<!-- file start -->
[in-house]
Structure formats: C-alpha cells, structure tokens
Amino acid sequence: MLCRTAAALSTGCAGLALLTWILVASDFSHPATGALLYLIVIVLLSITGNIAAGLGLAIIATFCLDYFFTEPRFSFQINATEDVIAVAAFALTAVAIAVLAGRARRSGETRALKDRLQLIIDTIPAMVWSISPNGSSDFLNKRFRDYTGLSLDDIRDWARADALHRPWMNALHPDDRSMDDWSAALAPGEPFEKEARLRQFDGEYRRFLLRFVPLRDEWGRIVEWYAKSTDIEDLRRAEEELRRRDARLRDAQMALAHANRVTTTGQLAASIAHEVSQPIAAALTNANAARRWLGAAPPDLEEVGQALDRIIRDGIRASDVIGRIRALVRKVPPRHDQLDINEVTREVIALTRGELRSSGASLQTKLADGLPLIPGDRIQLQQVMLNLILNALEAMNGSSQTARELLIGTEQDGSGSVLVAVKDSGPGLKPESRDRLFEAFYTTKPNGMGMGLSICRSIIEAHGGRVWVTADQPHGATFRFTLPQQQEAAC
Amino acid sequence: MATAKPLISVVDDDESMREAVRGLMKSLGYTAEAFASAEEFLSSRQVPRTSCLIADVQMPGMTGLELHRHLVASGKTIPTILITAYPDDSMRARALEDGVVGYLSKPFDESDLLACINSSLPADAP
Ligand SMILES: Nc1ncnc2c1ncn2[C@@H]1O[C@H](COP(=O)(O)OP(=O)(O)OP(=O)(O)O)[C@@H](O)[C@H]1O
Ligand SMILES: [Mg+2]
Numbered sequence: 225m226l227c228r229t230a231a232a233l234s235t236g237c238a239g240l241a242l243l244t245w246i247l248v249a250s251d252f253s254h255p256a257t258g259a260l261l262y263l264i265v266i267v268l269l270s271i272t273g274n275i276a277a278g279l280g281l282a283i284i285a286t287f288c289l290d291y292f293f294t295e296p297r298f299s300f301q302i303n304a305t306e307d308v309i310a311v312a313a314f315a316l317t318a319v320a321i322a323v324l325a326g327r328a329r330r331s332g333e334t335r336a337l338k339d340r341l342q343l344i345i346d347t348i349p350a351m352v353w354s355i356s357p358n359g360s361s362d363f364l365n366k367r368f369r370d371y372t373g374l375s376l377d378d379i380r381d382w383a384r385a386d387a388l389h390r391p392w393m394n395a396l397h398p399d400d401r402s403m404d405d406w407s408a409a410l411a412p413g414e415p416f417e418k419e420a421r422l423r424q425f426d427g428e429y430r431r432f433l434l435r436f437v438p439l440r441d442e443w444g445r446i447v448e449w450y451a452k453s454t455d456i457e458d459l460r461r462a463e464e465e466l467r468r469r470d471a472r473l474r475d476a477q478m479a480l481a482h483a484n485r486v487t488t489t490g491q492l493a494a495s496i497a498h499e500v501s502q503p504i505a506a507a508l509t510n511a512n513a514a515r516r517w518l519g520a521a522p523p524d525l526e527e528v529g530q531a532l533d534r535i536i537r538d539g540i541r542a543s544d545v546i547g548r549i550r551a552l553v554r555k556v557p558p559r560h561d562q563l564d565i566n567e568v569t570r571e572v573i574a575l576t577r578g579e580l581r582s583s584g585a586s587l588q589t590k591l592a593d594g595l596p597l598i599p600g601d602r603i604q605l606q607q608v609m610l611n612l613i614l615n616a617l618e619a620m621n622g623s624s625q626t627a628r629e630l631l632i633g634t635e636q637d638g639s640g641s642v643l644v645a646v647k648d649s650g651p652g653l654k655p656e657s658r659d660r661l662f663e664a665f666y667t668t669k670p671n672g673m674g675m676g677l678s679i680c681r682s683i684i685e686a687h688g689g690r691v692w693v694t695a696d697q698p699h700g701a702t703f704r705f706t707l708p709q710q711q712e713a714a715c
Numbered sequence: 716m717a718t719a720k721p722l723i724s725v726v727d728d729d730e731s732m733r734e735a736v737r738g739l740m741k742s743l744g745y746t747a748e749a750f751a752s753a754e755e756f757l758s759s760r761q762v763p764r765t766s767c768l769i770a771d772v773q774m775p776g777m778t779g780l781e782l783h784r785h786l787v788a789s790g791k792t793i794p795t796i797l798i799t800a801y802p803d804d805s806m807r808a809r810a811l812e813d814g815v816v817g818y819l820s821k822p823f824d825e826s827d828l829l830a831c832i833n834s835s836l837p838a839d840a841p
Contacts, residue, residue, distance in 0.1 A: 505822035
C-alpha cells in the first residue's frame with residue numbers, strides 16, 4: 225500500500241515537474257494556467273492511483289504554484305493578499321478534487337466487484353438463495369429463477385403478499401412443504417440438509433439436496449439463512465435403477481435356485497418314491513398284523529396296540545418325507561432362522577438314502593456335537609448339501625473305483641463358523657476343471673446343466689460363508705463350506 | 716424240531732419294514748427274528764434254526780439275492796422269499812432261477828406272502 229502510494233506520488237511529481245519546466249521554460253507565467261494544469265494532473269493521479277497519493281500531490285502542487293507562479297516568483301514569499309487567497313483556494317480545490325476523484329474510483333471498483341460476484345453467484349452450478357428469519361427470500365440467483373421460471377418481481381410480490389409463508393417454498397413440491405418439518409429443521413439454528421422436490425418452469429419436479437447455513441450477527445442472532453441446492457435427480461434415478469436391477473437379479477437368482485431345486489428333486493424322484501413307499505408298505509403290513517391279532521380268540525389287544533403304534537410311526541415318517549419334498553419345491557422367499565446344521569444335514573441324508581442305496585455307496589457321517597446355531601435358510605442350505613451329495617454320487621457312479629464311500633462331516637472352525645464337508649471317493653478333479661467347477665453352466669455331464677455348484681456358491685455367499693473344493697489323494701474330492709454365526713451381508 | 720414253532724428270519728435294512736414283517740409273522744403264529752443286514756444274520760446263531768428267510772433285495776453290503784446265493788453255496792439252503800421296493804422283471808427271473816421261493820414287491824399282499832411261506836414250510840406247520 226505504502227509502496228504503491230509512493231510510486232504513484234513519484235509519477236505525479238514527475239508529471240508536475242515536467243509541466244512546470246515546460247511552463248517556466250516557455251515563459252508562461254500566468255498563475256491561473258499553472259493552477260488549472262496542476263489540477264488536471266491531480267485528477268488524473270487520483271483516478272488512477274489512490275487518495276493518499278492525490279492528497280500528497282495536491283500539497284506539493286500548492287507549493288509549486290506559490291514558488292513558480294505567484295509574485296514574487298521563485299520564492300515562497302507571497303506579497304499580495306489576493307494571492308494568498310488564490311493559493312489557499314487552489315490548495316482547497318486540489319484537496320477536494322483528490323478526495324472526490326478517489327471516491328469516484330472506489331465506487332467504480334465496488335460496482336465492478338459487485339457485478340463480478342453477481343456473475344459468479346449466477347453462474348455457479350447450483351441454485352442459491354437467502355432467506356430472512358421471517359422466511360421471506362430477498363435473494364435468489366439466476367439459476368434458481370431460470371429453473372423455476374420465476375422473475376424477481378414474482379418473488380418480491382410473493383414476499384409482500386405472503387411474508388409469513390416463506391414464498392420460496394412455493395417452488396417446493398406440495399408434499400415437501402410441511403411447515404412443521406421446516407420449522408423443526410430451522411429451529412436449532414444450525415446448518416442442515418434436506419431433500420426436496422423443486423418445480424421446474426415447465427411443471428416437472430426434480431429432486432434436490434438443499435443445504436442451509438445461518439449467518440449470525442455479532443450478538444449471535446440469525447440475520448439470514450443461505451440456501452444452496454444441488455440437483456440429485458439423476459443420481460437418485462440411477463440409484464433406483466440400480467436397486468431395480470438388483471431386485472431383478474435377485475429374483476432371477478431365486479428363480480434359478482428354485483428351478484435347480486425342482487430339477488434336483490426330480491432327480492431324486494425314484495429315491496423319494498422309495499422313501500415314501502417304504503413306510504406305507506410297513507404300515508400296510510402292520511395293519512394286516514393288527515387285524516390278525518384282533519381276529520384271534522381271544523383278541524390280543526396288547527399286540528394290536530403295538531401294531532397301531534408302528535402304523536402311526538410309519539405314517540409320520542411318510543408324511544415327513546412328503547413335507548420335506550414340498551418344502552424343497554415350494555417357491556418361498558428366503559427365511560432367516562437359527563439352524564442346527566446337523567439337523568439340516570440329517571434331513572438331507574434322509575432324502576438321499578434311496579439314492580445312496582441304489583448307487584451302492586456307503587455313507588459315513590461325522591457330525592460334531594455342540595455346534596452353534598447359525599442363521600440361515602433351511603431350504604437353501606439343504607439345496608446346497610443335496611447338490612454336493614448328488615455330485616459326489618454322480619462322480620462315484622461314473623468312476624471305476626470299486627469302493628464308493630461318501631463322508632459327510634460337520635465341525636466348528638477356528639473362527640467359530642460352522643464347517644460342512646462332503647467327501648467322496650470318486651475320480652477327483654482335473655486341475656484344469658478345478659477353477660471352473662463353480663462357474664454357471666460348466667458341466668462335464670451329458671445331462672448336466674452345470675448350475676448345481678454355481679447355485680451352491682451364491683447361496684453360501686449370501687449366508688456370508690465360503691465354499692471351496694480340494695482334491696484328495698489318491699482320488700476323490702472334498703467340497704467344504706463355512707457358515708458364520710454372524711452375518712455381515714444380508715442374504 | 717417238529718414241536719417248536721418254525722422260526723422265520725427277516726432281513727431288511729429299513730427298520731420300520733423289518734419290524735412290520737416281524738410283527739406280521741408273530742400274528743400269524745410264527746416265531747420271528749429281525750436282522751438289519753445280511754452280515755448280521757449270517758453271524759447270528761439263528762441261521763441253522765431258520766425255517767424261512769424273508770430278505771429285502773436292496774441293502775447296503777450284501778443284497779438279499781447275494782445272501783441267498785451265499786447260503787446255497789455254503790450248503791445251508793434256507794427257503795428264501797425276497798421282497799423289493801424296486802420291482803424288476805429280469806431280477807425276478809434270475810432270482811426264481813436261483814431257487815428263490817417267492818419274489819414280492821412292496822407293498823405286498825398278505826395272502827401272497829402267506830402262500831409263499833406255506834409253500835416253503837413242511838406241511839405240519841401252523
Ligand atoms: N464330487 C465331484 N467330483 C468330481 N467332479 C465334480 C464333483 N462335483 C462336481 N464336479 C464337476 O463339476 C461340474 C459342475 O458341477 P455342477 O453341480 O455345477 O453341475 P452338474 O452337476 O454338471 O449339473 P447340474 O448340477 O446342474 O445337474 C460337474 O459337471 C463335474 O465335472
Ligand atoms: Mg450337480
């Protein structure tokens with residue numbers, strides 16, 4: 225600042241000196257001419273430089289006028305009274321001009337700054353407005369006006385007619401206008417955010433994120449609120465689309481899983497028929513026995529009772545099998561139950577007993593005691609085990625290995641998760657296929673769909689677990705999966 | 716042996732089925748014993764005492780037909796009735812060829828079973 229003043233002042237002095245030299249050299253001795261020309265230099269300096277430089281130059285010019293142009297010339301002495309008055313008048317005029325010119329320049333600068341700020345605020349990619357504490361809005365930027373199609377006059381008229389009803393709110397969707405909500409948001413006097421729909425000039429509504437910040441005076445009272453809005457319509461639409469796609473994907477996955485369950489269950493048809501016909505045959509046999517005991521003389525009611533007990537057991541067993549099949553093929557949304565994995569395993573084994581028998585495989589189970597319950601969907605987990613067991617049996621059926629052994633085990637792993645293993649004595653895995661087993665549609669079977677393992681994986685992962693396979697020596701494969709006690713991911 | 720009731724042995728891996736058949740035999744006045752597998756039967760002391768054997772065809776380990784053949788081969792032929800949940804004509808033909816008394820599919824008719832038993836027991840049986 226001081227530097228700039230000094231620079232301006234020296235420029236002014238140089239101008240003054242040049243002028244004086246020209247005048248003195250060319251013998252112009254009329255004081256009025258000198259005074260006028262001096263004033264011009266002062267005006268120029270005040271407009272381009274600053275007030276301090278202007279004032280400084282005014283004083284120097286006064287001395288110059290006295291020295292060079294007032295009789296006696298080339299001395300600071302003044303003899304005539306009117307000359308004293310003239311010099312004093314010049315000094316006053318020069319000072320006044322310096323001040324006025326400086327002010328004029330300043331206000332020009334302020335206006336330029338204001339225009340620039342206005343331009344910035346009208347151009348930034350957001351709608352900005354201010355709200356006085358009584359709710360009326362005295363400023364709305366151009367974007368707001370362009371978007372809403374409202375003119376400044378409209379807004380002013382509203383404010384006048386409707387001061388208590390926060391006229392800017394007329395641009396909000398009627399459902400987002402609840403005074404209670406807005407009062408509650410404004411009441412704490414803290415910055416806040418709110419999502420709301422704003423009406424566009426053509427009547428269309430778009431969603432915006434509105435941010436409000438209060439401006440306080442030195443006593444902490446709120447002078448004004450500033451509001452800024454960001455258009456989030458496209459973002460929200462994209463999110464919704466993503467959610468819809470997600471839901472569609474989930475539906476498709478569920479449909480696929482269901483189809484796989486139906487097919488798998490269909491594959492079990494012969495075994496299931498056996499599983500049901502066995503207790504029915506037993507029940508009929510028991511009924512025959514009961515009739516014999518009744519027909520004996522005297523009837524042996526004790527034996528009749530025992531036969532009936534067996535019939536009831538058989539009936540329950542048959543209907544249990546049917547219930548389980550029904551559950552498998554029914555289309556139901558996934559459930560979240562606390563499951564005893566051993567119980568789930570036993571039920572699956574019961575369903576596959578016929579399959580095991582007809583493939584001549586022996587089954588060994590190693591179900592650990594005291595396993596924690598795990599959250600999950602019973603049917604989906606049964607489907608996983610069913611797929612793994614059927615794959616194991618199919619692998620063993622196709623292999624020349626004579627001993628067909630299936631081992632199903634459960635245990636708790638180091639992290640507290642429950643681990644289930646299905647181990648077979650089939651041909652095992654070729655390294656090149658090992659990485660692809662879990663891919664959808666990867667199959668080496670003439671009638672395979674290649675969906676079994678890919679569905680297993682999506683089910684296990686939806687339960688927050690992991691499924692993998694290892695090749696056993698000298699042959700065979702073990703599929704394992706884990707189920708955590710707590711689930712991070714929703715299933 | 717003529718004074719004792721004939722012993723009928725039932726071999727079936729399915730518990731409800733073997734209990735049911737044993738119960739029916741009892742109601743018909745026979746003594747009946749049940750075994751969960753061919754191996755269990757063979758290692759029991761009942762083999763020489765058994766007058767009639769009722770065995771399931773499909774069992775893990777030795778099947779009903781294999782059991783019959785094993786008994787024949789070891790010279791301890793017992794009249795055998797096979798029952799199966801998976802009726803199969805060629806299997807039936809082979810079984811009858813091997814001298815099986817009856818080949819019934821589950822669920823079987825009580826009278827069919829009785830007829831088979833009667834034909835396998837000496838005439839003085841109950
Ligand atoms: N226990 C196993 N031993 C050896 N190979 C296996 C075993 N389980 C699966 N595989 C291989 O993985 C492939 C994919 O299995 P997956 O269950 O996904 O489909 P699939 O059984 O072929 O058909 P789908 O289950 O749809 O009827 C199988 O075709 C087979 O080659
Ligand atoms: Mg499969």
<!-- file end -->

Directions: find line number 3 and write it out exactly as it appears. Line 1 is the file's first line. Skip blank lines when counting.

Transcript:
Amino acid sequence: MLCRTAAALSTGCAGLALLTWILVASDFSHPATGALLYLIVIVLLSITGNIAAGLGLAIIATFCLDYFFTEPRFSFQINATEDVIAVAAFALTAVAIAVLAGRARRSGETRALKDRLQLIIDTIPAMVWSISPNGSSDFLNKRFRDYTGLSLDDIRDWARADALHRPWMNALHPDDRSMDDWSAALAPGEPFEKEARLRQFDGEYRRFLLRFVPLRDEWGRIVEWYAKSTDIEDLRRAEEELRRRDARLRDAQMALAHANRVTTTGQLAASIAHEVSQPIAAALTNANAARRWLGAAPPDLEEVGQALDRIIRDGIRASDVIGRIRALVRKVPPRHDQLDINEVTREVIALTRGELRSSGASLQTKLADGLPLIPGDRIQLQQVMLNLILNALEAMNGSSQTARELLIGTEQDGSGSVLVAVKDSGPGLKPESRDRLFEAFYTTKPNGMGMGLSICRSIIEAHGGRVWVTADQPHGATFRFTLPQQQEAAC